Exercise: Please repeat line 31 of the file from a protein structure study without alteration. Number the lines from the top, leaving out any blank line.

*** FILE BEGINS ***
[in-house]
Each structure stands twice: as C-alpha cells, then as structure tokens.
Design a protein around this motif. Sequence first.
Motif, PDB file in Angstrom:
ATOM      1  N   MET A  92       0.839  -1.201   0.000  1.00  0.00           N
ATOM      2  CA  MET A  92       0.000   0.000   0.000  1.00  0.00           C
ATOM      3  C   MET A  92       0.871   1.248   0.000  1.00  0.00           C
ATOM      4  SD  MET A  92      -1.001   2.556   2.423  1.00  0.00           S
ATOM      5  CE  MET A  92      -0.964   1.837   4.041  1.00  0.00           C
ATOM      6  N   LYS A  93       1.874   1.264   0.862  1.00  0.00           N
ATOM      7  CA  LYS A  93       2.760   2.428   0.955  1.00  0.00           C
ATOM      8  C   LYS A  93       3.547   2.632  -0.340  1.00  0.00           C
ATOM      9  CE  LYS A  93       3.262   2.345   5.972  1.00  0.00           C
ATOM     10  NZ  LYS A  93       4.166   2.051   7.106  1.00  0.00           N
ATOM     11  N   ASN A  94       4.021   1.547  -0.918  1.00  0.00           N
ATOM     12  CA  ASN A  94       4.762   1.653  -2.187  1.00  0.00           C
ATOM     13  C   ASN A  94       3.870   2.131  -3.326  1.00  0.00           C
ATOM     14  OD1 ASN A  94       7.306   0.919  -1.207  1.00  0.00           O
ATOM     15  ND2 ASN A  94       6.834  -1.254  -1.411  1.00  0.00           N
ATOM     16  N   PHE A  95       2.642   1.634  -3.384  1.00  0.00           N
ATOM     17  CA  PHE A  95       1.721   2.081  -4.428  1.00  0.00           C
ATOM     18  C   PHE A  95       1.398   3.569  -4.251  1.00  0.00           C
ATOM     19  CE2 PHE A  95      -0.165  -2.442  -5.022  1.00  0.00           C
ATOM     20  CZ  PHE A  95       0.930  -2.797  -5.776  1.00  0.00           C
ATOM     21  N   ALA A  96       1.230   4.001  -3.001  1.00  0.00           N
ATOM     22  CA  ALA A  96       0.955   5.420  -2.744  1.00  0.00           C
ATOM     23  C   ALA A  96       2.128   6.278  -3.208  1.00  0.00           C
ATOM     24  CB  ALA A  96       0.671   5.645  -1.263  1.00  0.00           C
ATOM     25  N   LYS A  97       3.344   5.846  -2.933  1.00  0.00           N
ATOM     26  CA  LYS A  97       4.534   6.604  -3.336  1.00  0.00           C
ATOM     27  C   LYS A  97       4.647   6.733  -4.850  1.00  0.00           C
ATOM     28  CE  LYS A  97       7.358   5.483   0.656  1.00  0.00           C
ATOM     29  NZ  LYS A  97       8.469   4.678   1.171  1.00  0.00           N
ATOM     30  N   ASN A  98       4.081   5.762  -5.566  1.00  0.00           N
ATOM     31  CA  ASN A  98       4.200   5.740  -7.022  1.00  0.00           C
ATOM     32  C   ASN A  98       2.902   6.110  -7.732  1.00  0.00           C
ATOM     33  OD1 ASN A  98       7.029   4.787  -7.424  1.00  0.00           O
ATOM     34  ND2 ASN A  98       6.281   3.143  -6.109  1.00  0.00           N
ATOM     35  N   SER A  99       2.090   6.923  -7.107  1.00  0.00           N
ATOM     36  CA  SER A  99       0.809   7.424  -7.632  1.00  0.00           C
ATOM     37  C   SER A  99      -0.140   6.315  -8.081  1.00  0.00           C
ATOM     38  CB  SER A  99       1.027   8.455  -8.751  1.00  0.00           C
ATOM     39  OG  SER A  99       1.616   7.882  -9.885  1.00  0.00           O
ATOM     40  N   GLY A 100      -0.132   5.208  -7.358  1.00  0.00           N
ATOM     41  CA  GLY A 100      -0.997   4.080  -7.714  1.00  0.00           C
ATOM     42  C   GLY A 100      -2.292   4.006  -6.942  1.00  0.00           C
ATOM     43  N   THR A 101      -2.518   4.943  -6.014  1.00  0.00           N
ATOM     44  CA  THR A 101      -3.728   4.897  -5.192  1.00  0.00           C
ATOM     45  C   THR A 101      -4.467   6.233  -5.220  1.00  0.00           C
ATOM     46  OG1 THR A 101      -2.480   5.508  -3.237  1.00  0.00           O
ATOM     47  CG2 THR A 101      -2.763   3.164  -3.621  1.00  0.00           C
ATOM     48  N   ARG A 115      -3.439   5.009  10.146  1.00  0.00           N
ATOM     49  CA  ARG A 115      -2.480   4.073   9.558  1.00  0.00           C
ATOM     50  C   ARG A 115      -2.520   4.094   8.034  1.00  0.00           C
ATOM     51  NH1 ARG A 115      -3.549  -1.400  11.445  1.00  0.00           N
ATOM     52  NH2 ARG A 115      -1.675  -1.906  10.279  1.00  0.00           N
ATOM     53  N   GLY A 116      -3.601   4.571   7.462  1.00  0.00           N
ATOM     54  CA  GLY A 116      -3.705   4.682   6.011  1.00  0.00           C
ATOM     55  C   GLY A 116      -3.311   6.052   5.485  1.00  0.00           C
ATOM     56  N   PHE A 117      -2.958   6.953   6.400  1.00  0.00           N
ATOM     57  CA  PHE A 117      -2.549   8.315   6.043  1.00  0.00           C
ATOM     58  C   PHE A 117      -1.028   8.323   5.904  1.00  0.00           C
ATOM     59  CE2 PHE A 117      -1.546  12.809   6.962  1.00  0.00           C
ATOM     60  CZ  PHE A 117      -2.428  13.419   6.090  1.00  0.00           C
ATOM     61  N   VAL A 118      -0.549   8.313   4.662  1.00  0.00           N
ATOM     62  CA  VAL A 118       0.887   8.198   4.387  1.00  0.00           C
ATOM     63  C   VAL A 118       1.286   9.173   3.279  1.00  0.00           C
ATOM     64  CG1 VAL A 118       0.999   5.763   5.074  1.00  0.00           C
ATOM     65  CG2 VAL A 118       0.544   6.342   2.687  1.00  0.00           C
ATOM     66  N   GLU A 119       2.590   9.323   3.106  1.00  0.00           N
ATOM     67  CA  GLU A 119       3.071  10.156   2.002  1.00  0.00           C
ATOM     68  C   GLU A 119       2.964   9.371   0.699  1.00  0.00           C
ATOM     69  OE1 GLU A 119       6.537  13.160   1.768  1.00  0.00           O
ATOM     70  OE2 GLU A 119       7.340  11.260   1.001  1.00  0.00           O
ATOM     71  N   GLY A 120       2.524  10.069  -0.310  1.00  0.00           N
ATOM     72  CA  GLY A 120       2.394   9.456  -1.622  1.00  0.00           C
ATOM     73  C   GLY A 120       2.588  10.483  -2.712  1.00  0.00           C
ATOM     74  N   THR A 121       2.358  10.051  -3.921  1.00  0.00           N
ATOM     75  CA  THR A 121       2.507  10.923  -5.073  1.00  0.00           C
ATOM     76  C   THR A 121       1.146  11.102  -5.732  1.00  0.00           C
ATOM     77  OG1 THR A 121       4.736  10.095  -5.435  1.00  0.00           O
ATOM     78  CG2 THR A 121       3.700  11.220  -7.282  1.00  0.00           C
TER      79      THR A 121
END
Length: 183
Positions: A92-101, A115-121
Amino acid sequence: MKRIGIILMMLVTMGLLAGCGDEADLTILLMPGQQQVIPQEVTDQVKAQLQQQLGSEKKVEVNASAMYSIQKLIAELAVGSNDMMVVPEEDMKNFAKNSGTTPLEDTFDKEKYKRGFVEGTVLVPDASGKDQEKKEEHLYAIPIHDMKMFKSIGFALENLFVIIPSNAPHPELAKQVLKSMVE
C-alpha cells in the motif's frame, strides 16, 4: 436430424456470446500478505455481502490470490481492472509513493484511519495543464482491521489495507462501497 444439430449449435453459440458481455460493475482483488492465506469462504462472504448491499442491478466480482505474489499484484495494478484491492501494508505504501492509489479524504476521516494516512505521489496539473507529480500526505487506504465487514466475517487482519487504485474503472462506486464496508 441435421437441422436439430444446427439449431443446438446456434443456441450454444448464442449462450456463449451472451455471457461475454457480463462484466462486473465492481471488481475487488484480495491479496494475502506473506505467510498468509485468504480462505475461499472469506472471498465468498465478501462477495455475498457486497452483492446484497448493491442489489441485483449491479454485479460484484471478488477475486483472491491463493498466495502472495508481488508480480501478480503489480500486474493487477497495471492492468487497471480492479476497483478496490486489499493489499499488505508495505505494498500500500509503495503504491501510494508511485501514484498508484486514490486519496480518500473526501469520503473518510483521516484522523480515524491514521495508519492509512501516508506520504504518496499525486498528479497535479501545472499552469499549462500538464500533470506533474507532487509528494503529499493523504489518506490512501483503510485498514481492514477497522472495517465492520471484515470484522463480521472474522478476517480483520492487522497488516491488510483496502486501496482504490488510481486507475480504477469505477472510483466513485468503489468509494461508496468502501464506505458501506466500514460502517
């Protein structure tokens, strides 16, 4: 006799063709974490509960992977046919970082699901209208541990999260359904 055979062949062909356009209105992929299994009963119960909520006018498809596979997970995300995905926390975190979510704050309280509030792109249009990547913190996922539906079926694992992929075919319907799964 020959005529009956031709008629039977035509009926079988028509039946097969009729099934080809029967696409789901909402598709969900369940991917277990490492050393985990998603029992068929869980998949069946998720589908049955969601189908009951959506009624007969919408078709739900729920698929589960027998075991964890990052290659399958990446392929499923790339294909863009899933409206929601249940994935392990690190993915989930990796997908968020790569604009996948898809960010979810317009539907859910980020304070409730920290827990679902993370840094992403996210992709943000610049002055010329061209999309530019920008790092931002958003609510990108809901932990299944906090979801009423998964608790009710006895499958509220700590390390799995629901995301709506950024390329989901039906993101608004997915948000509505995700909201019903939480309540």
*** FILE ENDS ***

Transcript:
ATOM     27  C   LYS A  97       4.647   6.733  -4.850  1.00  0.00           C